Paternity is fatherhood. When paternity is established the legal father of the child is identified. Once paternity is established rights are afforded the father, mother and the child(ren) (hereinafter referred to in the singular as “child”).
If the child is born during an intact marriage then it is presumed that the child is the father’s. If unmarried the parents can sign a legal document, an acknowledgment of paternity, at the hospital upon the child’s birth or after they leave the hospital.
The child receives benefits by naming a legal father. Once paternity is established the child now has access to the father’s side of the family’s medical history, the child knows who their father is, there are inheritance benefits, there is a legal duty to be supported from both parents, and the father’s name will appear on the birth certificate.
Once paternity is established both parents have certain obligations under the law. Both parents have a duty to support the child. Child support is calculated using the Florida Child Support Guidelines. Child support can be charged to the father retroactively for up to two years prior to the filing of the petition to establish paternity. Further, the father might be ordered to pay for the costs of the maternity and/or the cost of the hospital for the birth of the child.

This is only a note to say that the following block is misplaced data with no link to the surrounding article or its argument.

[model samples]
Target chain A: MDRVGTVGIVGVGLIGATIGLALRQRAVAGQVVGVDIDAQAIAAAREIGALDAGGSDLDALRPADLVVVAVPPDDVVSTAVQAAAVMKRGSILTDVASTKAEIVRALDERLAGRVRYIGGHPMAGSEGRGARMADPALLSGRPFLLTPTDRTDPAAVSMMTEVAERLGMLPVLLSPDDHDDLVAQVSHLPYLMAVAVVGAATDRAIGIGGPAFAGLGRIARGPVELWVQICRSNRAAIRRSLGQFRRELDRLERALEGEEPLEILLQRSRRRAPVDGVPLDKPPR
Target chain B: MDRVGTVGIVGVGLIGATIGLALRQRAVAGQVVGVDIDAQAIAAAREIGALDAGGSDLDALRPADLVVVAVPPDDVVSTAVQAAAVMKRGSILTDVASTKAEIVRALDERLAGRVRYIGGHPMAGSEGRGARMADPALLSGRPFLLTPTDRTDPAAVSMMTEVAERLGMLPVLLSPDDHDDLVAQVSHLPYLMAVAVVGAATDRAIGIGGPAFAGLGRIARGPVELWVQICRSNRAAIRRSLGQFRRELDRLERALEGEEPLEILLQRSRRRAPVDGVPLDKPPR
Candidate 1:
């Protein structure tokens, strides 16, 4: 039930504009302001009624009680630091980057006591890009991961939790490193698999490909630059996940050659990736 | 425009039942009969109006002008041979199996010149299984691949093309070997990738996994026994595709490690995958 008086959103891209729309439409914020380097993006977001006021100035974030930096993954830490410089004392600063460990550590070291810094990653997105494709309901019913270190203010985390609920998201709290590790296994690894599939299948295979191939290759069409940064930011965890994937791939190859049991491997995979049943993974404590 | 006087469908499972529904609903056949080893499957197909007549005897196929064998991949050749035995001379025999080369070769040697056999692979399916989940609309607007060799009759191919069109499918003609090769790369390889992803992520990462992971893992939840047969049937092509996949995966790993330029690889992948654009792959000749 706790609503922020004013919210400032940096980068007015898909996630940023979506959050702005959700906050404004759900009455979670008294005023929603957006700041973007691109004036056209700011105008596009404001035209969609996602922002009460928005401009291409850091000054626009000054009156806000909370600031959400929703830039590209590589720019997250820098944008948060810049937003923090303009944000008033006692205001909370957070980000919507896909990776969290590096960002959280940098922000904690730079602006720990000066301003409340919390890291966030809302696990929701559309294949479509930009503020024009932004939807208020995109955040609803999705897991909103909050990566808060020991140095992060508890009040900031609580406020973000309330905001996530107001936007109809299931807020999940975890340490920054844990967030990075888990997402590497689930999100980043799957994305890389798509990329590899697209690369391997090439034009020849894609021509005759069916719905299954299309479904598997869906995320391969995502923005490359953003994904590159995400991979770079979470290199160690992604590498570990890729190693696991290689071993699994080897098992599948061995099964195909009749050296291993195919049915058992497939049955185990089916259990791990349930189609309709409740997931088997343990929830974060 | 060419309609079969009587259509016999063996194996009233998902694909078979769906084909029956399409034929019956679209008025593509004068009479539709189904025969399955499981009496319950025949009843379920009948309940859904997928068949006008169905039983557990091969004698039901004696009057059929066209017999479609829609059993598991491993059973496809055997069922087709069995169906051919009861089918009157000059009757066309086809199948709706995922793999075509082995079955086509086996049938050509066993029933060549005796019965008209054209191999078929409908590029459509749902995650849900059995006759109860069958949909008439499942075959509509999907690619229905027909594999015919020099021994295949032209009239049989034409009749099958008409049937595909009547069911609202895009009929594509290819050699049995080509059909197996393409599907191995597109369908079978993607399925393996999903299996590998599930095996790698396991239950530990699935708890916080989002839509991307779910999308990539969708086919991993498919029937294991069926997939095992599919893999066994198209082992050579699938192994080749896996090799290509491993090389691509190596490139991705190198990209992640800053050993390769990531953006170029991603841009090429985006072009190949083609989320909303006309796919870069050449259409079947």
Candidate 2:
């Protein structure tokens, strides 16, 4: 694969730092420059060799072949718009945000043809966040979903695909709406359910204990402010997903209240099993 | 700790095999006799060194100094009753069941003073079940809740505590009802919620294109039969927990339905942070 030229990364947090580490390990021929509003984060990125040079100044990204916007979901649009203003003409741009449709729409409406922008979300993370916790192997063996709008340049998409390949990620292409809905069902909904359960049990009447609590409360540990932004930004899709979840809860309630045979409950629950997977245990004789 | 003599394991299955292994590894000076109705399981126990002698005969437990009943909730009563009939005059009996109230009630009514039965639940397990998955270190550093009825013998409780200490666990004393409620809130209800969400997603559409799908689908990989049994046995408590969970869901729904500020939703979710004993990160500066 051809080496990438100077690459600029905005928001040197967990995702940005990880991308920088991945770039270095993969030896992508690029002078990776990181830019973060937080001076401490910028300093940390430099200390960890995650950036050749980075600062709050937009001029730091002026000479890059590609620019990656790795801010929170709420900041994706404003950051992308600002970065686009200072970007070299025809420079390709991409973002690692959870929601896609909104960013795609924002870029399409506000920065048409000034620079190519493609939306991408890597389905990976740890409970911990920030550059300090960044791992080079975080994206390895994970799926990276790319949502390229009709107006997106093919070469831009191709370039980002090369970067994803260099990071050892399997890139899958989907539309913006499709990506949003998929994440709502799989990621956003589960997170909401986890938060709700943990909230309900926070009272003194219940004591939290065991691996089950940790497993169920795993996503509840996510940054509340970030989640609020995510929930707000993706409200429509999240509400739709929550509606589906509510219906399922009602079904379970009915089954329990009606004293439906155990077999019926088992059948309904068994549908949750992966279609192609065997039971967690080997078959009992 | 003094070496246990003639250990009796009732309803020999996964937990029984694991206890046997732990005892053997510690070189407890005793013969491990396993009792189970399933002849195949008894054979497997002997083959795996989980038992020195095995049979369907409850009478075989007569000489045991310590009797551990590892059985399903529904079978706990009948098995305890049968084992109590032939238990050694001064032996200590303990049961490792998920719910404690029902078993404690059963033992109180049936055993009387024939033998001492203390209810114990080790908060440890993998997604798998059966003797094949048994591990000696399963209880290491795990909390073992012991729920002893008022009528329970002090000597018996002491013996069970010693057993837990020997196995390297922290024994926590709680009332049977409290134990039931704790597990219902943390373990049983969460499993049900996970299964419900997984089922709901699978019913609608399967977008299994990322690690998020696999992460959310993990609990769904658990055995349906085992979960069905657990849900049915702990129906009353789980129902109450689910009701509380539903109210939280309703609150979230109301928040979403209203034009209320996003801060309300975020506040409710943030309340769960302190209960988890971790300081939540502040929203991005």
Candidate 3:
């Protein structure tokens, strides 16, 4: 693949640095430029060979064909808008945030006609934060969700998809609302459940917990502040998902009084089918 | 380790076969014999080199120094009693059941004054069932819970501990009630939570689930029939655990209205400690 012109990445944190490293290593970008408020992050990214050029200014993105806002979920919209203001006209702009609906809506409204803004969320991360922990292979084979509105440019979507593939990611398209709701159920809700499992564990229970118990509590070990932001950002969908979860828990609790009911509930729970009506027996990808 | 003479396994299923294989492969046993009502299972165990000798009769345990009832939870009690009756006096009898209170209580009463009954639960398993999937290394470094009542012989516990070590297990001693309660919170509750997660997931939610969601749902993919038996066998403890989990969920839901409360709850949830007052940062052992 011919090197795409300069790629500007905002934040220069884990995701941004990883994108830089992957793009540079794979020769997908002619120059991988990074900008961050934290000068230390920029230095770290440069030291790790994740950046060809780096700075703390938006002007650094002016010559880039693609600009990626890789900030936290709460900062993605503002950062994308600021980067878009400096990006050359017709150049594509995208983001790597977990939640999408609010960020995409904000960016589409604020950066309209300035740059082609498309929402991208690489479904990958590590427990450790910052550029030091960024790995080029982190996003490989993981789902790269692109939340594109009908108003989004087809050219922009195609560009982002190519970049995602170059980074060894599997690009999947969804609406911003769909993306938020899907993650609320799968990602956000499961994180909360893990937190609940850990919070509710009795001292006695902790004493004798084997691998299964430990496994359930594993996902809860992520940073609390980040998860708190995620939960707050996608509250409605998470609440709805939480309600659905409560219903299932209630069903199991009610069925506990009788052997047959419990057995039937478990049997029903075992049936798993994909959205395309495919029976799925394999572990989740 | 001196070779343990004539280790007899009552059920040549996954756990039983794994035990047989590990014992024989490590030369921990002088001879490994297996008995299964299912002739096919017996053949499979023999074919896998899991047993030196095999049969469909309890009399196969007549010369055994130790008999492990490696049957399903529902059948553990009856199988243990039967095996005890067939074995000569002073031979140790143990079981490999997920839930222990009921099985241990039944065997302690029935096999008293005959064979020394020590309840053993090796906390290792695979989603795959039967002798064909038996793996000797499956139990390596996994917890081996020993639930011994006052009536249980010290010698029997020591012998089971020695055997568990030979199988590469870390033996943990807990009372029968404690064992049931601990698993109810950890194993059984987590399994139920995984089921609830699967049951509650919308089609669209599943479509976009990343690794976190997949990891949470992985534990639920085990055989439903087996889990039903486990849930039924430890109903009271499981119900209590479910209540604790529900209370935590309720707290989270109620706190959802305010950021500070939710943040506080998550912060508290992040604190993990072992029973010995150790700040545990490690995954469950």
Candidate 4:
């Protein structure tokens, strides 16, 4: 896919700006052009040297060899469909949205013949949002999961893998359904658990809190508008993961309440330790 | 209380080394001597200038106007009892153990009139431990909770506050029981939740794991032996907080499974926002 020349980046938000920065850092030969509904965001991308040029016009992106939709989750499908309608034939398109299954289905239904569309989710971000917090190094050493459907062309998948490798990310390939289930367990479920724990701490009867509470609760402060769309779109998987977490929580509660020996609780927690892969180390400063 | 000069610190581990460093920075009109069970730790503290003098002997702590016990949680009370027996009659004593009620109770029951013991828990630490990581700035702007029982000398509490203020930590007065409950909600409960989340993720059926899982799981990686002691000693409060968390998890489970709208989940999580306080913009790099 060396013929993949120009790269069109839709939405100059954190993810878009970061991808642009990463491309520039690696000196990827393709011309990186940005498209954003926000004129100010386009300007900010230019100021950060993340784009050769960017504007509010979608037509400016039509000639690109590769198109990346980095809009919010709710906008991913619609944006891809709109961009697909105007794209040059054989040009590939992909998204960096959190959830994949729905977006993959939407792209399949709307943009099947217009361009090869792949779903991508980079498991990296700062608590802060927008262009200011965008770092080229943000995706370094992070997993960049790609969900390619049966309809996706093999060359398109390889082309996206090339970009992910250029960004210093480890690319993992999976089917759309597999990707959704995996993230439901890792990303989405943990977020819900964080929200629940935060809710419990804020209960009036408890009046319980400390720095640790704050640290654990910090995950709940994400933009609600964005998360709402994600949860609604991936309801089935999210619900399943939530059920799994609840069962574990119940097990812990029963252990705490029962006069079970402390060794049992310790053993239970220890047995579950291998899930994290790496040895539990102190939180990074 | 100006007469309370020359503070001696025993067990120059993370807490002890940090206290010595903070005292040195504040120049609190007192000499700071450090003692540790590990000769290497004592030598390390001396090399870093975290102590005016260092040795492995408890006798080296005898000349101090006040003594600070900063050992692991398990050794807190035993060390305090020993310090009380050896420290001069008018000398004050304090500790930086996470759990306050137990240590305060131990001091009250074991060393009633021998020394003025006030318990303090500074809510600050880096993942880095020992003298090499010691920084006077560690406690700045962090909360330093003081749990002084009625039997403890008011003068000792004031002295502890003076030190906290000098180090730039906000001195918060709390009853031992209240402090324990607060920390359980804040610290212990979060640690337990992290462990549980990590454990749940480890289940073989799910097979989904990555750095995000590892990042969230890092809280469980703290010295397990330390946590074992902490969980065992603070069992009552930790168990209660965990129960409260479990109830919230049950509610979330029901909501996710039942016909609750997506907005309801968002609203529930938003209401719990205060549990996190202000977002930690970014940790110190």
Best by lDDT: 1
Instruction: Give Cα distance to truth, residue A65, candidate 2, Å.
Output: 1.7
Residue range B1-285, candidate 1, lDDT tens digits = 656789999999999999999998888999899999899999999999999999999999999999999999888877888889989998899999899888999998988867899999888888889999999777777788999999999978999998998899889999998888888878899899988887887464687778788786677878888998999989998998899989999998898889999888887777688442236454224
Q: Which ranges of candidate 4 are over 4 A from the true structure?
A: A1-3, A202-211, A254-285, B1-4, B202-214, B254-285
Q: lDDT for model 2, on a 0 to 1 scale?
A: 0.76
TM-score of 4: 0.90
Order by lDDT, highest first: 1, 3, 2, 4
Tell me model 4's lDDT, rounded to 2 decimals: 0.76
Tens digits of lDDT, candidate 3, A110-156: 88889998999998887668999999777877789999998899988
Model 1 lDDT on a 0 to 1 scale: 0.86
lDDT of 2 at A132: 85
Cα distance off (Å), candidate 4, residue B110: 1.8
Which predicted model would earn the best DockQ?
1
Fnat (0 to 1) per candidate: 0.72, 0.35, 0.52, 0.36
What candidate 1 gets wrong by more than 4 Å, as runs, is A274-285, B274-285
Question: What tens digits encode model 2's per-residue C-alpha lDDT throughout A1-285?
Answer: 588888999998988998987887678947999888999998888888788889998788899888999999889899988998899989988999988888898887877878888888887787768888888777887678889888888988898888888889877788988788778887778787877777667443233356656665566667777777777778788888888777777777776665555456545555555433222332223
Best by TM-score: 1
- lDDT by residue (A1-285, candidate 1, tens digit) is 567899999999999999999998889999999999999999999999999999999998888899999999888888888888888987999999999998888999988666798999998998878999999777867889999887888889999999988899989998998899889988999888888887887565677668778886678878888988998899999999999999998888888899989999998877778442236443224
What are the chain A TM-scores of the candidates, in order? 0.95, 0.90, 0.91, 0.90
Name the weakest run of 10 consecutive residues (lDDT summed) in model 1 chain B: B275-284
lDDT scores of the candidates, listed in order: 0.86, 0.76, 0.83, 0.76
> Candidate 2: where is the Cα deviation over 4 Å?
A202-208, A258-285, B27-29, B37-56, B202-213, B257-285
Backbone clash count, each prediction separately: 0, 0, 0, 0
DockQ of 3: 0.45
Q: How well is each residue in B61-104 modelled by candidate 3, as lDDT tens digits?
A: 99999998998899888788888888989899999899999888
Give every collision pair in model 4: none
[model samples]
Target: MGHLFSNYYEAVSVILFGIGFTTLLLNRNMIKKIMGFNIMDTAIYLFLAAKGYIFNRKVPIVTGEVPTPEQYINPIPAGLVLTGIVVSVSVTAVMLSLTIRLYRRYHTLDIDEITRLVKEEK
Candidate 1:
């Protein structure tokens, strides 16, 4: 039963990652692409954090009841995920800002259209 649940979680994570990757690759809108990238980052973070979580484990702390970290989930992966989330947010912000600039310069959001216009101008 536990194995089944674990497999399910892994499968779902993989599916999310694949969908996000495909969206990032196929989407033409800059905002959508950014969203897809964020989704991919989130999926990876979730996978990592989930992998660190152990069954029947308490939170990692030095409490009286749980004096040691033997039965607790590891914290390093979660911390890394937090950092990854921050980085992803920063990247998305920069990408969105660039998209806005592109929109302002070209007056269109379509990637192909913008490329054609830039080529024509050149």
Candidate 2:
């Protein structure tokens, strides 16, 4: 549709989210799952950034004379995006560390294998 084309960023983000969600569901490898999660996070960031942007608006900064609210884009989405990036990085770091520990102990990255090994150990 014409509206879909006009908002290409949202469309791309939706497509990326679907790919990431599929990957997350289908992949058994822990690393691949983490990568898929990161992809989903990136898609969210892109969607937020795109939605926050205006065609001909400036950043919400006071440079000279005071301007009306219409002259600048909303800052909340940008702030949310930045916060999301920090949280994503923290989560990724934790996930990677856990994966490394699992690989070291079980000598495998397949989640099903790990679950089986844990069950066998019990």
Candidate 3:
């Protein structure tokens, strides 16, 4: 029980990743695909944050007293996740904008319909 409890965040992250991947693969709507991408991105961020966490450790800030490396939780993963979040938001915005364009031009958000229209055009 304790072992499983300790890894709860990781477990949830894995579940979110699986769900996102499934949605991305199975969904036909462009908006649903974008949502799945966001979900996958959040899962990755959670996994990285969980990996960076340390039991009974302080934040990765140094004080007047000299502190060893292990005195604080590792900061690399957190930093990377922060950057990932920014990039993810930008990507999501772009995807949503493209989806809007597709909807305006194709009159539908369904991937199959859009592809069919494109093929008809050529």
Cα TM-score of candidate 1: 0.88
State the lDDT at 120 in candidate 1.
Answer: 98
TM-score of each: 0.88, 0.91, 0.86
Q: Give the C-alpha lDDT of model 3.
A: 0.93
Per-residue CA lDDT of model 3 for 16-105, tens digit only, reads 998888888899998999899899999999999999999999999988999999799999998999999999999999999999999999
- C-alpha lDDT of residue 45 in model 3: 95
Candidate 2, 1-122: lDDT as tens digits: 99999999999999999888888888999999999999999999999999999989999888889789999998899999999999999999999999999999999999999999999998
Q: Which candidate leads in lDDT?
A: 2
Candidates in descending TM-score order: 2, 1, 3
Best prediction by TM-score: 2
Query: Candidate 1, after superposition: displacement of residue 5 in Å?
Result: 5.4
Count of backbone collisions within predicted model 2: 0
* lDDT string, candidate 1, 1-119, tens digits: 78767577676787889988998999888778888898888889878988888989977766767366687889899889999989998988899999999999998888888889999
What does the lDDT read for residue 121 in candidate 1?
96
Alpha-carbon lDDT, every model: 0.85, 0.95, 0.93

Finally, either parent can request from the court a parenting plan as well as a timesharing plan which specifically spells out future interaction with the child. The plans are put in place to allow for physical access to the child as well as to set out how the parents will make decisions regarding the child’s upbringing. The father usually shares parental responsibility with the mother, which is the right to make decisions regarding the child’s health, education and welfare.
Sam R. Assini is a Florida lawyer in Cape Coral, Florida for Men’s Rights with the Law Firm of Sam R. Assini, LLC.